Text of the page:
Even though children with Down syndrome can learn to read using the same evidence-based strategies as other readers, they are routinely excluded from effective reading instruction.That means that many children are growing up without the ability to keep a diary, write a poem, text their friends, read a recipe, tweet, read street signs, pass notes in class, write down a phone number, read the label on a jar, write a thank you note, jot down a friend’s address, write a love letter, read subtitles in a foreign movie, read a map, fill out a job application, read directions on a prescription bottle, spend a summer afternoon with a good book….Imagine your world if you couldn’t read?
6 thoughts on “The power of literacy”
I don’t know how you found the time to do this, but I’m so glad that you did! It’s long overdue…
Gasp – you completely captured the power of literacy! How interesting that you mentioned the importance of being able to read the directions on a prescription bottle. My daughter with Down syndrome is a young adult and for the first time in her life she has health issues. If she was not an excellent reader, she would be dependent on others to help her discriminate between her meds and to understand the unique instructions for each one. And yes, she can write love letters to her boyfriend, she can text me and others, she can post on Facebook, and be a part of our family group emails. She can open her snail mail and read it. She can spend hours at Barnes and Nobles or the library entertaining herself. She can read the microwave instructions on frozen dinners. She can read notes I leave behind and take telephone messages. She is able to Google what is interesting to her and find out what time various local movies are playing. Literacy is powerful and completely affects her ability to stay safe, have fun, and lead an interesting life.
Thank you for adding some great examples to the list!
My daughter is 21 and not a reader and it really is a life changer. I am so happy for all the children and adults with down syndrome who have mastered this important skill. We haven’t given up hope but it sure would have been easier if this was learned at an earlier age! Of all my advocacy battles over the years this is one I should have approached differently. Glad for all the studies which show children with down syndrome can and do read and well!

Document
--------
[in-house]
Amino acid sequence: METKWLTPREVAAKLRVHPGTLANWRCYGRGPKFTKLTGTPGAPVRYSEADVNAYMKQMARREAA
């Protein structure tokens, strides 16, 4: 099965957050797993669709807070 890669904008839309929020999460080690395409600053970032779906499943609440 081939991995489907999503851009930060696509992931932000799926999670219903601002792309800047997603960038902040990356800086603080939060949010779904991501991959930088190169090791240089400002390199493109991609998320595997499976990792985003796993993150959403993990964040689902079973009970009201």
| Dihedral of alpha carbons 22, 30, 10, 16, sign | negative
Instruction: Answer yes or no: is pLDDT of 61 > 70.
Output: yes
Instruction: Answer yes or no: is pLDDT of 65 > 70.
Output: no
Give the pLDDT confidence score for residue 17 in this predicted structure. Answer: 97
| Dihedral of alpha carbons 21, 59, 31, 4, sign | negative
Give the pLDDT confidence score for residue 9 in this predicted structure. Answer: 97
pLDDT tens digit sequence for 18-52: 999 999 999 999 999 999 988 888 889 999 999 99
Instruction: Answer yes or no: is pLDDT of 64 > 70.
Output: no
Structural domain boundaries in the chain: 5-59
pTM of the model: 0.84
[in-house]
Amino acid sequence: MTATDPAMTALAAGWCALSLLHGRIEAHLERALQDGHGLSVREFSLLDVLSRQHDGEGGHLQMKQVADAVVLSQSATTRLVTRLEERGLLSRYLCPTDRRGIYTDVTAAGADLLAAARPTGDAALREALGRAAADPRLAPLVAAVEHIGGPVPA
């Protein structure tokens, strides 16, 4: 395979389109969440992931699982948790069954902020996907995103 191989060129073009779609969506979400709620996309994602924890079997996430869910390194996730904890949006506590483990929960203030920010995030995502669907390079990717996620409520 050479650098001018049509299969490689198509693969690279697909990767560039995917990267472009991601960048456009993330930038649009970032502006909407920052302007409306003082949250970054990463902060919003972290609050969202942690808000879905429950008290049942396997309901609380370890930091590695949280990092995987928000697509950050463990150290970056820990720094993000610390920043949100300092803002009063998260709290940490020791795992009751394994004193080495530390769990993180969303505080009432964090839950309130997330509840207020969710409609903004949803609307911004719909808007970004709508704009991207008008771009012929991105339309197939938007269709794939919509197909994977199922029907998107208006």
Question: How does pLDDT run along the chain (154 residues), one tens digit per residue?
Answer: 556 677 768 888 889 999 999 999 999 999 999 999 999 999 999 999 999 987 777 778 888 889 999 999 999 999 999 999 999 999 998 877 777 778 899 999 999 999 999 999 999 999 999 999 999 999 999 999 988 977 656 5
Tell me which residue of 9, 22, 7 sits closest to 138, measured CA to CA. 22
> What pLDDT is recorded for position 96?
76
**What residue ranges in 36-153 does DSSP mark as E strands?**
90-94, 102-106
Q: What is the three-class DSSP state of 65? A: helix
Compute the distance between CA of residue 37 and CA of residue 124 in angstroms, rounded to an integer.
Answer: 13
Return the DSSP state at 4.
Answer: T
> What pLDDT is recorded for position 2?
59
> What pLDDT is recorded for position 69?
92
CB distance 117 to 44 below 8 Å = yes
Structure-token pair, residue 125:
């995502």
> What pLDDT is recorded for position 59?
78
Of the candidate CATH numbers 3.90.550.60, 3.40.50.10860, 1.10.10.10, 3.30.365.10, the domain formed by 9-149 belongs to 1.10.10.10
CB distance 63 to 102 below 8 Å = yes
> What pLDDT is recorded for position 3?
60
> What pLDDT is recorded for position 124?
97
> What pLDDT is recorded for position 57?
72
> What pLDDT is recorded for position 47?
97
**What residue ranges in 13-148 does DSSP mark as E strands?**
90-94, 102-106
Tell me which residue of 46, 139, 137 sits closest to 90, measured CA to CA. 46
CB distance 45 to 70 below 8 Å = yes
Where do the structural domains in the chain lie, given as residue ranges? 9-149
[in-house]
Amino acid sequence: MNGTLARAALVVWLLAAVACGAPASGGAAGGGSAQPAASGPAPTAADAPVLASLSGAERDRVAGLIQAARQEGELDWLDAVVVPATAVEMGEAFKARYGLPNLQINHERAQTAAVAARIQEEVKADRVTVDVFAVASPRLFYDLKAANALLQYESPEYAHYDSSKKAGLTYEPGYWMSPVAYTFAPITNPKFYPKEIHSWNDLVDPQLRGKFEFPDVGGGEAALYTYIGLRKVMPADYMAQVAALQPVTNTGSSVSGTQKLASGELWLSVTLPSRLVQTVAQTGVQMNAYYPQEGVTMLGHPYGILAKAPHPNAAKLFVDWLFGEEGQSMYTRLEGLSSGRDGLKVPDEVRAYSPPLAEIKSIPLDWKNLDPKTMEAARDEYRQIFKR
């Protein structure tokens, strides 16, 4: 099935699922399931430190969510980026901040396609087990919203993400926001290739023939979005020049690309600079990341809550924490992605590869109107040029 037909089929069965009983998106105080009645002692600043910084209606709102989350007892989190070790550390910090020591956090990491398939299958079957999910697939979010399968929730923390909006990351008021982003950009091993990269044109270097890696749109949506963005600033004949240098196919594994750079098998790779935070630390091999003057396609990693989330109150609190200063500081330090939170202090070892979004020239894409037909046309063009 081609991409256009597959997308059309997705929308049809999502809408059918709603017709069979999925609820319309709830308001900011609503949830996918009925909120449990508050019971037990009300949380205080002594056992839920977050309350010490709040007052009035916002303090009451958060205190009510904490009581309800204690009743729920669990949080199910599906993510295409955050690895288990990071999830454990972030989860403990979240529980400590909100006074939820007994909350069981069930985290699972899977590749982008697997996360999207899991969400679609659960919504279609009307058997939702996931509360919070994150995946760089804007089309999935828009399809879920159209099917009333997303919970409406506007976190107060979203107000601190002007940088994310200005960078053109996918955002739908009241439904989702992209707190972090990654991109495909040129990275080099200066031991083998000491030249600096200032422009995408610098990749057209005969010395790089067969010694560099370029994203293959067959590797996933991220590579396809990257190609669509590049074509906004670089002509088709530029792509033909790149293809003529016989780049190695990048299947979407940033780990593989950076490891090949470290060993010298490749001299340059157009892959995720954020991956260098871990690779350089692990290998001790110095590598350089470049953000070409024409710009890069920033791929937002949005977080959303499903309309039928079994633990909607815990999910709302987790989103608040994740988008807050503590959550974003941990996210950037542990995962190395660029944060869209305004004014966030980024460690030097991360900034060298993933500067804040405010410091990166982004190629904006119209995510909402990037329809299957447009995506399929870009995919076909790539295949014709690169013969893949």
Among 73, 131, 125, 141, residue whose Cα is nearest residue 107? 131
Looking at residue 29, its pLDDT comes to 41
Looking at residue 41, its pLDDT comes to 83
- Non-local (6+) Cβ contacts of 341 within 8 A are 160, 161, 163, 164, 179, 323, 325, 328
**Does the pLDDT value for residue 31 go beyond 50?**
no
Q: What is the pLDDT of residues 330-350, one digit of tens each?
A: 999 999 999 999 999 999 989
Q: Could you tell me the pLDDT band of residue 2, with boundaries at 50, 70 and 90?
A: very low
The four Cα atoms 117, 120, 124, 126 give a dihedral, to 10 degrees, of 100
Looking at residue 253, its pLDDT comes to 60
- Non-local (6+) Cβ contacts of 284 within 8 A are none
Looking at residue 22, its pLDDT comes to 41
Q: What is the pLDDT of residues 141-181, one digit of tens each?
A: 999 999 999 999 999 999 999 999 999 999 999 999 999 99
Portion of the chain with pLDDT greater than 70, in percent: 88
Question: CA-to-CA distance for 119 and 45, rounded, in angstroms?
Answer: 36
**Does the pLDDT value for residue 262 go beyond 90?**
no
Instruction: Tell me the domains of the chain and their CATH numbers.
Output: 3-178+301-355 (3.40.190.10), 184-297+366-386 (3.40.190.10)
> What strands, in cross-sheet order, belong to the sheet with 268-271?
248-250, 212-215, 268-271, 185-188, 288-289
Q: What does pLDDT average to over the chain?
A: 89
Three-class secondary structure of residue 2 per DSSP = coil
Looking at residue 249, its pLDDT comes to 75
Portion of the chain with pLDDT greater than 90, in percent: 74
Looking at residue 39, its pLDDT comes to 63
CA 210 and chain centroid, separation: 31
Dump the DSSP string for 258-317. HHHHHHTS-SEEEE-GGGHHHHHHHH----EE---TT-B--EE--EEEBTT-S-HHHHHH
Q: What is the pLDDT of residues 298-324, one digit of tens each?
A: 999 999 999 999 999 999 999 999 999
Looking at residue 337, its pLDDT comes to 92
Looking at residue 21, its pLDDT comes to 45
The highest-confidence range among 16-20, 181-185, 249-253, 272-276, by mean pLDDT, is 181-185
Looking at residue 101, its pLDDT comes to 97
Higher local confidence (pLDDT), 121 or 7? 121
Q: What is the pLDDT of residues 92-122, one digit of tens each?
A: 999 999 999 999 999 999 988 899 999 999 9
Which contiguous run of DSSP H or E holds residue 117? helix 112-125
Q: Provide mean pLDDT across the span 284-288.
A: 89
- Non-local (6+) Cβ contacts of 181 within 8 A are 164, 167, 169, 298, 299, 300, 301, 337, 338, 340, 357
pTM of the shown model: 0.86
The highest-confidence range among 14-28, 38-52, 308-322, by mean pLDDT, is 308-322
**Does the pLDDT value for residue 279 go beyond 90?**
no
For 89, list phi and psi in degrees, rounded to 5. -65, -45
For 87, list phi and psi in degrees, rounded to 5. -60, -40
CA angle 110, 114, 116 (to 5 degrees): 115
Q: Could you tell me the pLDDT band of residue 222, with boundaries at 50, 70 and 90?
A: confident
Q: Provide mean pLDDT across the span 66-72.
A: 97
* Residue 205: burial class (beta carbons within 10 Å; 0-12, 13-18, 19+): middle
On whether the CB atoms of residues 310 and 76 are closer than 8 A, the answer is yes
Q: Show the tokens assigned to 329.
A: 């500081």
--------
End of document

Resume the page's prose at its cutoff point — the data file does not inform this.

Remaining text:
Thanks for this post! It is so important to have effective reading instruction because it really improves their quality of life. Every child should be given the opportunity to be able to write his/her own thoughts and feelings in a diary or to be able to say “I want to go see this movie, Joey, because I read that it is about….” It helps a person be more independent and have more self-determination over what they want to do when they can read something for themselves.
This post really helped me recognize some of the reasons why it is so important for all people to be able to read independently. Many everyday things that we as humans may take for granted, such as being able to read a birthday card or write a poem, are skills that someone who is unable to read will never be able to experience without the assistance of someone else. This article validates the importance of literacy that sometimes goes unnoticed!